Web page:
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Dick Feagler
Cleveland Plain Dealer
May 26, 2002

There's a special gated community in heaven for all who died young in wars. That's what I think, anyway.You think what you want to.

This year the rules changed. A kid wandered in through the heavenly mists with a fire helmet under his arm.

"Am I in the right place?" he asked. "They sent me here, but you guys are all soldiers."

And they were. When the kid fireman looked around him he saw a fashion show of military uniforms. From cocked hats to Union blue to khaki to camouflage. The only constant was the faces. All 20-somethings. Nobody looked old enough to run for Congress. They were kids. So was he. But he was the new kid on the block.

They all stared at him for a while. Then one of the kids walked toward him. The kid was starched and all spit and polish. He was dressed like Vietnam and was immaculate but for the small hole above his heart.

"What's your story?" the Vietnam kid asked.

"Throw him out, Lenny," said a grizzled old navy chief. "He doesn't belong with us."

Lenny held up his hand for silence.

"Tell me about your last day," he said.

"It was a normal day," said the fireman. "I was working the day shift and my wife liked that. She made me eggs. She poured me coffee. My kids went to school and I went to work."

"And then?"

"We got a call to the World Trade Center," the fireman said. "When we got there we knew it was bad - worse than bad. We had to go up the stairwell. I was with my guys. We looked at each other and we thought maybe we were dead. But we went up. That's all I remember."

"No it isn't," said Lenny. "What did you think about on the way up, in your last minutes?"

"I thought about how good those eggs smelled," the fireman said. "I thought about the coffee and how good it tasted and how shiny the pot was. And I thought about my wife in her robe and how good she looked when she bent over to pour it. And then I thought, I don't know why I'm doing this. But the other guys are. I can't let them down.' "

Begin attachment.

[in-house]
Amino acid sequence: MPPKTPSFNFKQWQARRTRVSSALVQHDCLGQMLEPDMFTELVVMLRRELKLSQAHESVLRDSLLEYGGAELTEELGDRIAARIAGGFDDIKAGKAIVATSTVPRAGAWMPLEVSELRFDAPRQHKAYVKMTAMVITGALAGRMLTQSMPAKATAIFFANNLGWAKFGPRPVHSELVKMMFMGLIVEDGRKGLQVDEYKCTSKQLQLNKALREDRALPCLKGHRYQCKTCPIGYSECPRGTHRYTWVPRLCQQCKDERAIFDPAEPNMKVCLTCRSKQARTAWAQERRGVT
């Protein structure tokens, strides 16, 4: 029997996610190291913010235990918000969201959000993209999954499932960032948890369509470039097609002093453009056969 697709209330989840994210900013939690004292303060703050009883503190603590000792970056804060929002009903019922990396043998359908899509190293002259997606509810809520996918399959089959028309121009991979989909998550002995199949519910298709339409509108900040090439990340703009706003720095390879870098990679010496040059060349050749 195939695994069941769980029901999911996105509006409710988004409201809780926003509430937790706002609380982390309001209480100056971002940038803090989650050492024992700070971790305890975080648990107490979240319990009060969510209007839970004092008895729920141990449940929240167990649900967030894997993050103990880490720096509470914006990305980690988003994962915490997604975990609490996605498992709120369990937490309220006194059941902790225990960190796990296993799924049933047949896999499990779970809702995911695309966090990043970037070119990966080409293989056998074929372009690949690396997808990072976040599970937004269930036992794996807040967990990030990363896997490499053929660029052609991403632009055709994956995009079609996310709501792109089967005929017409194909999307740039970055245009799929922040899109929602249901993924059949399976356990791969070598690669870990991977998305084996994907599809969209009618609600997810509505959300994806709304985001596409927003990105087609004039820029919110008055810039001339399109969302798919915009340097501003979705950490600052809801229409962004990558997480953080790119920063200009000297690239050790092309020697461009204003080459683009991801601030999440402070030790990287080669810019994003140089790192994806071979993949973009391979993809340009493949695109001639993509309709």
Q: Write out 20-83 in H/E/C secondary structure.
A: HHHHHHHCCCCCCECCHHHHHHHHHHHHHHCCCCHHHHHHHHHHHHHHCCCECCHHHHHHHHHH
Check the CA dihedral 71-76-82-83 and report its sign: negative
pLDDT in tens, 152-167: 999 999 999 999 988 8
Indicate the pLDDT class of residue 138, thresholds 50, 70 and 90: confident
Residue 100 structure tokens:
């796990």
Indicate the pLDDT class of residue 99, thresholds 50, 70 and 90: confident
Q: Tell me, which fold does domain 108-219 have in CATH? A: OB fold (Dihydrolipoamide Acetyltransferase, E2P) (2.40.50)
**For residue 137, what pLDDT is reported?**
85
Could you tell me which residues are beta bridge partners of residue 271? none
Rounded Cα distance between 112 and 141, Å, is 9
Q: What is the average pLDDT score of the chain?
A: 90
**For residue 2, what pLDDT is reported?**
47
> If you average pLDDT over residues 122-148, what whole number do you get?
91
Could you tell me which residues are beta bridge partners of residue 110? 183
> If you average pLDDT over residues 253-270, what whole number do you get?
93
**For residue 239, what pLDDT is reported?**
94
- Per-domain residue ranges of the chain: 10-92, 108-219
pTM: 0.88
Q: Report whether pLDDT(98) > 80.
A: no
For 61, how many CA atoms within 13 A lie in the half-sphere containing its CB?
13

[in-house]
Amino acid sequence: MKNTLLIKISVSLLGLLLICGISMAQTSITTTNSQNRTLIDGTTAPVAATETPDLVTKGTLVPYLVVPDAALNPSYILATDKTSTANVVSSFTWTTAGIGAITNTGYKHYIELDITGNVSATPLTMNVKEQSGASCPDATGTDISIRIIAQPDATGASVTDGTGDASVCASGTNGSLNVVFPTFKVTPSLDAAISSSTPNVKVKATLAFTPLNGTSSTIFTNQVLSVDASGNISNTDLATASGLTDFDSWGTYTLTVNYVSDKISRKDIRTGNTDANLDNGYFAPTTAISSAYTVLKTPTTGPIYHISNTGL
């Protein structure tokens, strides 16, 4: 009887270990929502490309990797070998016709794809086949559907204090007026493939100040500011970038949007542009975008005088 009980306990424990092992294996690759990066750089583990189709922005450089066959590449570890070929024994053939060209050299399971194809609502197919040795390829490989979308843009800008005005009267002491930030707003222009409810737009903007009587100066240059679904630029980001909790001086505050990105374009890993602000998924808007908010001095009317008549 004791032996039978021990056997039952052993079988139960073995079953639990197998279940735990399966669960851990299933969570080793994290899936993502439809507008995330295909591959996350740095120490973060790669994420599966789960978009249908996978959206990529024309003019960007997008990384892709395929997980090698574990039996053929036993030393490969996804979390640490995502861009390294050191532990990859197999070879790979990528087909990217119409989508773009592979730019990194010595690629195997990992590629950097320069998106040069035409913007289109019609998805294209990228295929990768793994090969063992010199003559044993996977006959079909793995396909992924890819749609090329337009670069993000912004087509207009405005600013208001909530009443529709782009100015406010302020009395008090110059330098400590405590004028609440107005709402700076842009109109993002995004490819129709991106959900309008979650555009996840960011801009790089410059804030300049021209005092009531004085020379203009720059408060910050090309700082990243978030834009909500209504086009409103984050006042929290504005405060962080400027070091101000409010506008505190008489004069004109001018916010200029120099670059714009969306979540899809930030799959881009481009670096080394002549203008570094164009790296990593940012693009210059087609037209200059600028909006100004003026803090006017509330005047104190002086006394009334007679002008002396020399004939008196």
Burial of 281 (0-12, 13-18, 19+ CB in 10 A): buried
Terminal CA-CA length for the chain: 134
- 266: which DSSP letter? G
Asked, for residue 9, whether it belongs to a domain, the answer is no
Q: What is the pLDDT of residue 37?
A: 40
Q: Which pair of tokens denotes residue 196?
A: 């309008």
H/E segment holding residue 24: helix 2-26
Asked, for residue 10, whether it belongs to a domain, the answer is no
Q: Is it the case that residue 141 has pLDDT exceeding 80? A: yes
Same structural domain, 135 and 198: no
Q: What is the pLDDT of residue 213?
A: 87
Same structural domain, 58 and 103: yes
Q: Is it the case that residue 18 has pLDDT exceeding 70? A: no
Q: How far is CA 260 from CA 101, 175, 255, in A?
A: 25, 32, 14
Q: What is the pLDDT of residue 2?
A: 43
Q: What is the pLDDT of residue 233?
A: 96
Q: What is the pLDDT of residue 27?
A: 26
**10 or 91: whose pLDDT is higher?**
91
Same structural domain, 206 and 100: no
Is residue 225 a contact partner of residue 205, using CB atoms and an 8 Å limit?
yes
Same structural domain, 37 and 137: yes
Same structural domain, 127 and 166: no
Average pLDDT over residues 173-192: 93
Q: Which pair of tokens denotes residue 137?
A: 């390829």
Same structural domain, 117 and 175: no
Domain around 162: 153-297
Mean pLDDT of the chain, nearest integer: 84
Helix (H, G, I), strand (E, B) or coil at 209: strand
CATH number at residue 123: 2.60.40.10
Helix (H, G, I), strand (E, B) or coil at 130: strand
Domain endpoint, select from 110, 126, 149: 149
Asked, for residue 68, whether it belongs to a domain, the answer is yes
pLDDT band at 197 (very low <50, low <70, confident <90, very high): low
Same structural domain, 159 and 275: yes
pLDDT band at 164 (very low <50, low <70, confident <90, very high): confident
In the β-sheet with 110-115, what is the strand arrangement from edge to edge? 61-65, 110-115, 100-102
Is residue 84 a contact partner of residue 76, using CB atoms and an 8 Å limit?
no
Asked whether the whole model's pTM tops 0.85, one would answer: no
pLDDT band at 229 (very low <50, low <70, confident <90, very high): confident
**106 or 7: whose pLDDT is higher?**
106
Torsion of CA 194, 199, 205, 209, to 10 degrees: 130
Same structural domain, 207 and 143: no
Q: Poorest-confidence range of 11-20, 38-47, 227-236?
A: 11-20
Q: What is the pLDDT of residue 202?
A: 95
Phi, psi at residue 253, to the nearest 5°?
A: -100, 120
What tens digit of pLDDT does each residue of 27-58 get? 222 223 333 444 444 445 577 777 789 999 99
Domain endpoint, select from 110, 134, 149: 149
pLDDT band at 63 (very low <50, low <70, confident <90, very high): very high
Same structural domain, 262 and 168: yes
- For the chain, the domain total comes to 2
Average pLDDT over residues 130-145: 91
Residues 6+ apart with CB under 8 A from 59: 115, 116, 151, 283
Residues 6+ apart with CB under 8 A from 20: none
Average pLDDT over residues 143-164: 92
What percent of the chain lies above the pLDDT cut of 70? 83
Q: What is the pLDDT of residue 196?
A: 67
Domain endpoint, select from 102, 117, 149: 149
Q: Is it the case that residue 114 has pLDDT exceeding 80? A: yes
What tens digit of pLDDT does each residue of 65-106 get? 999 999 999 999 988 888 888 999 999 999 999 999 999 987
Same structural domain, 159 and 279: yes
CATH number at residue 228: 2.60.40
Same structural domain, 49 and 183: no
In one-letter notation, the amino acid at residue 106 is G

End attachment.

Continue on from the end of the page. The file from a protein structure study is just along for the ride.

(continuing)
"Yeah," said the Vietnam kid.

"I wanted to leave though," the fireman said. "I was scared and I wanted to run home and see Michelle. But I just kept climbing. I was scared as hell. So maybe I don't belong here."

The Vietnam kid turned to the chief. "OK, what do you think," he said. "Does he belong here?"

The chief spat out the end of his cigar and grinned.

"Two eggs, sunny-side up," he said. "And a nice cup of Joe. On the way."

From far away a bugle blew. They all stopped to listen.

"That's taps at Arlington," said the Vietnam kid. "I got here in '67, so this is the 35th time I heard it. They think they're blowing for us, but they're blowing for themselves. They're trying to say thanks because it makes them feel better. The worst part is the speeches, but we don't listen to those."

"Why not?" said the fireman.

"Buncha politicians," said the Vietnam kid. "They bow their heads and pretend we died for them. You died for a bunch of guys in a stairwell and I died because a buddy of mine was wounded. He was only 15 feet beyond the wire and I thought I could make it."

"Eggs is up," said the chief.

"It's a new kind of war," said the Vietnam kid. "You belong all right."

Before the fireman could answer, a new guy stumbled in through the mists.

He blinked at the group. "I'm not sure I'm in the right place," he said. "I was on a plane over Pennsylvania. The last thing I remember is saying, Let's roll!'"

2002 The Plain Dealer. Used with permission.

(Enhanced for Netscape)

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